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Believe in the vision: Glas kicks off career

Richard Glas, Concordia’s new athletic director, is making his presence known both in and out of Concordia’s athletic facilities this year, and he has high hopes for the future of Cobber sports.  His vision begins with the involvement of the entire student body and ends only when Concordia can count itself as one of the top schools for athletics in the MIAC, above St. Thomas, Gustavus , Saint Benedict and St. Johns  and St. Olaf .

In order to share his vision for the athletic program with the athletes themselves, upwards of 700 students, Glas held a massive meeting in Memorial Auditorium for all Concordia sports teams. Usually the athletic director only holds a meeting with coaches at the beginning of the year to discuss goals, needs, and visions for the upcoming seasons. This was the first time in Glas’ memory that student athletes have been invited to the conversation.

During the meeting, Glas talked about attitude and vision, saying that for his vision to come true, every single student has to have pride in Concordia’s entire athletic program, not just one team.  Each year, the MIAC awards the All Sports Trophy, a competition that adds up the final finishes of all men’s and women’s sports by school.  Glas shared that last year, Concordia came in fourth for the women’s competition and seventh for the men’s.  Glas’ vision is about working toward that trophy, and he’s asking Concordia students to work together to get there by supporting each other.

Football captains and seniors Brett Baune, Reed Hefta, Matt Moenkedick and Tom Quist said that Glas should hold that meeting every year.

“He’s excited, and it’s great just to get everybody involved,” Reed said.

Reed and the rest of the team said they have already seen the impact of Glas’ call to action.  The men’s basketball team showed up in full force to support the very first football game of the season at Jamestown, Moenkedick said, and the men’s and women’s cross country teams stayed at St. Olaf after their meet last Saturday to support Cobber football against the Oles.  Baune said that he was pretty sure there were more Cobber fans than Ole fans in the stadium.  Quist said that having support from other students in creating a strong home team atmosphere gives them an edge.

“It made the game more enjoyable.  We went in there and we owned the place,” Baune said.

Marv Roeske, the women’s cross country head coach, said that it was a unanimous decision from all of his runners to stay, inspired by Glas’ vision.

Roeske said that rather than trying to change the way he coaches, Glas’ vision of advancement and involvement reinforces it.  He said that Glas is working hard to give each team the opportunity to go to the next level, and that he’s listening to coaches’ needs too, giving them the tools they need to build a better team.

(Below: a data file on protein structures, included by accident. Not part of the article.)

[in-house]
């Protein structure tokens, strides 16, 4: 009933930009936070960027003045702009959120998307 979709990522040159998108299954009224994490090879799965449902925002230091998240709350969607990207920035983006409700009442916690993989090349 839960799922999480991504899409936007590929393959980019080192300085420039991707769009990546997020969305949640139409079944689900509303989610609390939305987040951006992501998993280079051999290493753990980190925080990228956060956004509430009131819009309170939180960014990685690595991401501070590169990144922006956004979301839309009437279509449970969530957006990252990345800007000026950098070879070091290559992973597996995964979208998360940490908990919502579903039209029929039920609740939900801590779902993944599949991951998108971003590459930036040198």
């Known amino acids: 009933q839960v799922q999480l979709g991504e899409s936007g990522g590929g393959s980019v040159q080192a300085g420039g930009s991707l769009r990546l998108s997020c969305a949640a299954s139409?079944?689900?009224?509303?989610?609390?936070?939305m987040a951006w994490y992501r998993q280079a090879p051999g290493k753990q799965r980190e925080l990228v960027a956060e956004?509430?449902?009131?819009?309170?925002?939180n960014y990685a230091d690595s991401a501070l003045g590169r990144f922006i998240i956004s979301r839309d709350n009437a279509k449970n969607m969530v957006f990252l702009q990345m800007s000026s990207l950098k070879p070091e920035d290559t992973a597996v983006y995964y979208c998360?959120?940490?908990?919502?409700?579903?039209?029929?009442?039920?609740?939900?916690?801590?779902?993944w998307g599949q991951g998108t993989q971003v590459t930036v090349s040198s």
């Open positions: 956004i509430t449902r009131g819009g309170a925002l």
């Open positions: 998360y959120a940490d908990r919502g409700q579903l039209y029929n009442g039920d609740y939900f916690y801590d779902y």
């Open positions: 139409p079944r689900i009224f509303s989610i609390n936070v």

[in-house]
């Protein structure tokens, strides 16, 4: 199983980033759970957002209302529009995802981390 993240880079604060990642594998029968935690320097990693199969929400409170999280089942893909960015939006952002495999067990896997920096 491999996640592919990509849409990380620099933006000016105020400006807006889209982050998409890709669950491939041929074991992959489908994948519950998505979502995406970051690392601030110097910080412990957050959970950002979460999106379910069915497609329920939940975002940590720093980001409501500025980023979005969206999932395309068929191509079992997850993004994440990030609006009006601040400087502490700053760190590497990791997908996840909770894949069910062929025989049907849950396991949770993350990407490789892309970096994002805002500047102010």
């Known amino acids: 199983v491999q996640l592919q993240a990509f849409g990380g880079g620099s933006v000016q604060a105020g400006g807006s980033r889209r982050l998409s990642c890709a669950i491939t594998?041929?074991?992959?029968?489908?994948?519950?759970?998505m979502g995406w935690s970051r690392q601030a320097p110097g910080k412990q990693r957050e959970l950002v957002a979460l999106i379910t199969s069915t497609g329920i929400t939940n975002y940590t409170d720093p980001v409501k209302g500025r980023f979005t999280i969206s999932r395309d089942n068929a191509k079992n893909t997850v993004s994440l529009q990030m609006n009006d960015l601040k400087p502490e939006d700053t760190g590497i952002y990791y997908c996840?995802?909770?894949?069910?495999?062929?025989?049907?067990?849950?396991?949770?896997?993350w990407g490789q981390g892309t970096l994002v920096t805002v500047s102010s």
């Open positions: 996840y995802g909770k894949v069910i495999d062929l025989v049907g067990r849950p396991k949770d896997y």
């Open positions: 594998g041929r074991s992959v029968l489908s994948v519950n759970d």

“It’s like Rich is saying ‘I’ve got your back’,” Roeske said.

According to Emily Royer, a junior cross country runner and member of the marketing club, Glas has the backs of non-athlete students as well.  Glas has been working with the marketing club and the business school to devise ways of drawing students who are not already involved in the athletic program to athletic events.

She said that Glas has plans to revive the “Cob Mob” of the 80s, a larger version of Cobber Nation that involves the entire student section at all games.  The marketing club has designed a T-shirt based on the iconic cover of the movie “The Godfather,” and Glas will make the first 200 of these shirts available for students for free at games this year.

Royer said that Glas also has plans for a punch card to be distributed to each student.  Each game a student attends merits a punch, and after ten punches the card-holder’s name is entered into a drawing for fabulous prizes, from a flat screen TV to a free May seminar.  Glas is also drawing up plans with the marketing club to publicize half time entertainment, such as a tug-of-war match between sports at a football halftime, or a free throw competition at a basketball halftime.  Royer said we can expect to see Glas’ plans come to fruition this week.  Glas wants to see stands filled at all of Concordia’s games.

“Why can’t we have a crowd like Duke in basketball?” Glas said.

But he is also hoping the enjoyment and support for games spills out into other aspects of Concordia.  Glas said wants there to be students lining up to get into plays and concerts; he wants the entire campus to be involved in all events, not just the athletic department.

Glas said that his vision is about students and athletes being the best that they can be.  He said that eventually the wins and losses disappear, and in the end it’s about working hard to excel regardless of the involvement you’ve chosen, be it sports, music, art or athletics.

“It comes down to your heart and your mind.—your dedication, your focus and toughness,” Glas said.

Glas said that he hopes the excitement from his vision that he shared with the sports teams, marketing club and business school carries on throughout campus for the rest the year.

“It has to be their vision, too, for mine to occur,” Glas said.



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